“I love playing golf obviously but it's been a long year for me, and I've got to admit, this is just icing on the cake. As a year goes, it’s been a great one.
“I had a rough idea (what happened to Tyrrell) on the last. I saw that he had missed a putt and there were a few groans in the crowd. But it wasn't until I saw the scores and that I knew what I needed for the win. Tyrrell, he's a great lad, he was just coming down and I saw him as I was walking into the scorer's and he said congratulations. For someone to do that after he's been in contention is very special. He’s a credit to the tour.
“This win means the world. To win one of these Final Series events is really special, and this one in particular, being the last tournament of the year is special. Words can't describe it. It's not going to sink in for a while. But you know, it’s been a special year and then to end it like this with a win is amazing.”
“It's a bitter pill to swallow, but it's been a great week and for me it's been the best year of my life. So I can't get too downbeat, these things happen. You know, it is what it is and I'm happy with how the week went. I’m sure hopefully in the future, I'll take my next chance.
“It was nice to be up there. You know, my putter helped me out a lot this week. I felt I played better tee-to-green the other previous weeks. Just this week I putted well and that's what it boils down to. It was nice to be up there again and I’m looking forward to some time off now before the start of the new season.”
“It was a nice way to finish. If you're going to be Europe's Number One, you don't want to finish with a 75, even if you can afford it. It was nice to play some good golf finally and to shoot a good number on a Sunday. That never hurts. It was a solid round of golf today, and it just sneaked me into the top ten. And top-tens are always fine.”
Complete final round scores
271 M Fitzpatrick (Eng) 69 69 66 67,
272 T Hatton (Eng) 71 66 67 68,
274 C Schwartzel (RSA) 70 67 70 67,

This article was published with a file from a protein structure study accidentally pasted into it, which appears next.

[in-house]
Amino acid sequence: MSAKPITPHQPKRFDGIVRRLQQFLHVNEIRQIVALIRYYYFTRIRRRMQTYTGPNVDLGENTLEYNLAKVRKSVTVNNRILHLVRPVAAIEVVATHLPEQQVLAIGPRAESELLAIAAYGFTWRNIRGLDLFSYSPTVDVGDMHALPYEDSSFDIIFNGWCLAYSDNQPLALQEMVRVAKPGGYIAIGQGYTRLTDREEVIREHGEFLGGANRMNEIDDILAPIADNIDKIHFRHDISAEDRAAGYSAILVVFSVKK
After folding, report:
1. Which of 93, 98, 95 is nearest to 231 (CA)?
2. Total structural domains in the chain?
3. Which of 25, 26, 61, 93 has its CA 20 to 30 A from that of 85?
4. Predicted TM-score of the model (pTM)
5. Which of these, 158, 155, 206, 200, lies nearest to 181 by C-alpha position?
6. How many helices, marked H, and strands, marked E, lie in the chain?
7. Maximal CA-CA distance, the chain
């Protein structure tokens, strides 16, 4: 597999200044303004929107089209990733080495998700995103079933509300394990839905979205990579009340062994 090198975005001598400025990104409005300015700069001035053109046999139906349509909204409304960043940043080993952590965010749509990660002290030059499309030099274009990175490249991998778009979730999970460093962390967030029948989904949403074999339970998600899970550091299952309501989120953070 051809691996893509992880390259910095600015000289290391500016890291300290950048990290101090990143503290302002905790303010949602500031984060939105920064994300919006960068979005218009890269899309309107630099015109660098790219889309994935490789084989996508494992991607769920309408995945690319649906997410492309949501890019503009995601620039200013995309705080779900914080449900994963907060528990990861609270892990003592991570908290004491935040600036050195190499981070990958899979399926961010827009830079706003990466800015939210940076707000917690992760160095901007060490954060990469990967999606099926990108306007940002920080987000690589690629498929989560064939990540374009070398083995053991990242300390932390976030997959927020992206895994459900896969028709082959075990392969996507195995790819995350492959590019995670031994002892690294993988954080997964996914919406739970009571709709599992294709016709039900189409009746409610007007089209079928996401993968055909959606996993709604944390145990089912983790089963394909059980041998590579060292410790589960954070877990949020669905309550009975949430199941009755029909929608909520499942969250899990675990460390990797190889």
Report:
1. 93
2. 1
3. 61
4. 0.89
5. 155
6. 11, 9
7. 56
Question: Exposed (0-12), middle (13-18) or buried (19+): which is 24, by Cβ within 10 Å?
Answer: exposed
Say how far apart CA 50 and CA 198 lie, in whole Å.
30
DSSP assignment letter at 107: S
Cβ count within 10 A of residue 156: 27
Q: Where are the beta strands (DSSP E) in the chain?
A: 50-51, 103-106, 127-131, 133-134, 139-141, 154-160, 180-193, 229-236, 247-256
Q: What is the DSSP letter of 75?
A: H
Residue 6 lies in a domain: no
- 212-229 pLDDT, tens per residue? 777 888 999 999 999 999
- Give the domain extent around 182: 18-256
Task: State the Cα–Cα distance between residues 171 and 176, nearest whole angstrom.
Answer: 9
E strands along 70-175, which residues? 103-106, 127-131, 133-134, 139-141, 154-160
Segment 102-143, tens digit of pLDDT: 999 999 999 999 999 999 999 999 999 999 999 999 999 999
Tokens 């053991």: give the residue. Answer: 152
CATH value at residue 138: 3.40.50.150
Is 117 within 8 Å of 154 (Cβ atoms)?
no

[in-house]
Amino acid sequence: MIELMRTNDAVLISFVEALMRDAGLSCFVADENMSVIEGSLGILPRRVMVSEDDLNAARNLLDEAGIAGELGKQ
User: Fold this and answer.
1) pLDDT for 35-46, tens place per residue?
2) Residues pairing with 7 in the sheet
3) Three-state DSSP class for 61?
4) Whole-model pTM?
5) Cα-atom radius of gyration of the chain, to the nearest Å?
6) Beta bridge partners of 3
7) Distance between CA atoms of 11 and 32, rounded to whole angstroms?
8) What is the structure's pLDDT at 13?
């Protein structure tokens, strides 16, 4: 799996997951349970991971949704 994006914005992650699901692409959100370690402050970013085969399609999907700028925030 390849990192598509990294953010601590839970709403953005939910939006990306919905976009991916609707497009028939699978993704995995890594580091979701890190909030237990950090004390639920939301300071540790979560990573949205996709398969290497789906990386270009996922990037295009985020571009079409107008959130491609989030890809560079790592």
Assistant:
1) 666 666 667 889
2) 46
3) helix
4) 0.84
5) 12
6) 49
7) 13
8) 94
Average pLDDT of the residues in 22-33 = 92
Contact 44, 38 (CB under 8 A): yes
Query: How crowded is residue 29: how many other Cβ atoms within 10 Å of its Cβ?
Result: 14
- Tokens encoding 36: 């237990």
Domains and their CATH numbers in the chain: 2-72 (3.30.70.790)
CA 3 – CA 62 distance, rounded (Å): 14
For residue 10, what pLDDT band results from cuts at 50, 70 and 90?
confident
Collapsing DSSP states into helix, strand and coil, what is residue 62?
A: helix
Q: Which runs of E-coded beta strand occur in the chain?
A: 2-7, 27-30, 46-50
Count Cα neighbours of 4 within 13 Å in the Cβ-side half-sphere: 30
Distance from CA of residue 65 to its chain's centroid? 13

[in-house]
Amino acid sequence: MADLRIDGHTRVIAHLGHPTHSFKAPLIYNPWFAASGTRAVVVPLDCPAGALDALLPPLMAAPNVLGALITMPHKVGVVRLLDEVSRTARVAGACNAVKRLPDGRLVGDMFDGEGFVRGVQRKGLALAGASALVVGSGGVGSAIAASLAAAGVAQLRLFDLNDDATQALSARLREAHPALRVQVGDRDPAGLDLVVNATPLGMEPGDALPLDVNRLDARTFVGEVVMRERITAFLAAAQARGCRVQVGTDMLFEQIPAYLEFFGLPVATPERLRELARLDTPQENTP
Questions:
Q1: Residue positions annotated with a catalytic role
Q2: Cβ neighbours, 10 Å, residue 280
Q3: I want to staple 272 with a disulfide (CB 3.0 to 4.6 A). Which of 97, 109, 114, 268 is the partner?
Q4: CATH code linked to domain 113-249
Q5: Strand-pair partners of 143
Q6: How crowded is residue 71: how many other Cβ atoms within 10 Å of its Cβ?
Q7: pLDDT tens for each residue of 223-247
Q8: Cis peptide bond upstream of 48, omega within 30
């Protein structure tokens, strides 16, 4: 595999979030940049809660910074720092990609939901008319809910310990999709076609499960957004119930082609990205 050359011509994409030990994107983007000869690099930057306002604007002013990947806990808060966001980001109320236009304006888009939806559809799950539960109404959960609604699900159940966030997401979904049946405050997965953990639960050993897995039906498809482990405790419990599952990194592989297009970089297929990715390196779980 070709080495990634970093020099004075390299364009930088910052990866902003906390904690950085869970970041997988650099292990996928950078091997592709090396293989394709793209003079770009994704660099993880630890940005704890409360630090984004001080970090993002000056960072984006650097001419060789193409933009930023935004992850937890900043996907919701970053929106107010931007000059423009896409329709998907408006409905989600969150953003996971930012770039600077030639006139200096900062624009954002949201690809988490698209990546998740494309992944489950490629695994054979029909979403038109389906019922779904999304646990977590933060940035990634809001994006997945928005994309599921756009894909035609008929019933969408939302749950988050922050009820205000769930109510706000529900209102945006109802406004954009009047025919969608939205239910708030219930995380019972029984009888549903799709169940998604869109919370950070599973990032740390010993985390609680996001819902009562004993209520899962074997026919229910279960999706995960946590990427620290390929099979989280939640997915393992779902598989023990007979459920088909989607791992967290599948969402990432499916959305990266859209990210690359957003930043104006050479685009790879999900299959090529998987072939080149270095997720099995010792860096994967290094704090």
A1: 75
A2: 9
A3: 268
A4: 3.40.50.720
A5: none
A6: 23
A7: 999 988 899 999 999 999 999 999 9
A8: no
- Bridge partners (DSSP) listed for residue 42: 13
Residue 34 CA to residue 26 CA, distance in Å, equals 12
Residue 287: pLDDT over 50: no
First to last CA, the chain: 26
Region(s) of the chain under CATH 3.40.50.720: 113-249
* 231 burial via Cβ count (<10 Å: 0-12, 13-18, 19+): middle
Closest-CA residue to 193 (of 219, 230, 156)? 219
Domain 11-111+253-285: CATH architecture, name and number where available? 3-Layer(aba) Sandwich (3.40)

275 V Dubuisson (Fra) 70 69 64 72, N Colsaerts (Bel) 67 71 66 71, S Kjeldsen (Den) 70 69 68 68, B Wiesberger (Aut) 70 67 70 68, F Molinari (Ita) 68 67 70 70,
276 J Campillo (Esp) 72 71 68 65, Rory McIlroy (Nir) 75 68 68 65, T Fleetwood (Eng) 70 71 67 68, H Stenson (Swe) 72 69 70 65,
277 D Horsey (Eng) 72 71 67 67, J Luiten (Ned) 68 69 73 67, L Westwood (Eng) 66 70 69 72, B An (Kor) 70 69 70 68,
278 J Wang (Kor) 75 72 65 66, R Fisher (Eng) 72 71 67 68,
279 Shane Lowry (Irl) 70 71 69 69, S Garcia (Esp) 68 67 74 70, T Olesen (Den) 71 70 68 70, M Kaymer (Ger) 71 74 67 67,
280 R Karlberg (Swe) 72 70 67 71, J Quesne (Fra) 67 76 68 69, R Cabrera Bello (Esp) 71 71 63 75, A Noren (Swe) 71 69 69 71,
281 A Levy (Fra) 69 73 71 68, F Aguilar (Chi) 74 73 67 67, B Grace (RSA) 72 74 65 70,
282 R Paratore (Ita) 70 73 70 69, L Haotong (Chn) 74 70 69 69, G Coetzee (RSA) 72 70 71 69, R Sterne (RSA) 70 70 71 71, N Elvira (Esp) 70 69 68 75,
283 J Van Zyl (RSA) 69 71 73 70, K Aphibarnrat (Tha) 69 74 73 67, D Lipsky (USA) 72 71 72 68, G Bourdy (Fra) 72 73 68 70, C Wood (Eng) 75 72 71 65,
284 J Lagergren (Swe) 74 69 72 69, A Cañizares (Esp) 73 72 70 69, S Hend (Aus) 72 73 69 70, A Sullivan (Eng) 76 66 70 72, T Pieters (Bel) 72 72 70 70, T Jaidee (Tha) 74 70 70 70,
285 L Oosthuizen (RSA) 69 74 74 68, R Gouveia (Por) 72 69 71 73, Pádraig Harrington (Irl) 72 71 71 71,
286 R Jacquelin (Fra) 72 71 72 71,
287 M Ilonen (Fin) 70 73 73 71, D Willett (Eng) 71 70 76 70,
288 M Fraser (Aus) 69 74 78 67, P Larrazábal (Esp) 71 71 71 75,
289 R Bland (Eng) 71 76 70 72, M Southgate (Eng) 72 74 70 73,
290 S Lee (Kor) 71 73 76 70,
292 R Wattel (Fra) 82 68 70 72, B Dredge (Wal) 72 75 72 73,
293 B Stone (RSA) 74 73 74 72,
294 A Johnston (Eng) 78 70 78 68.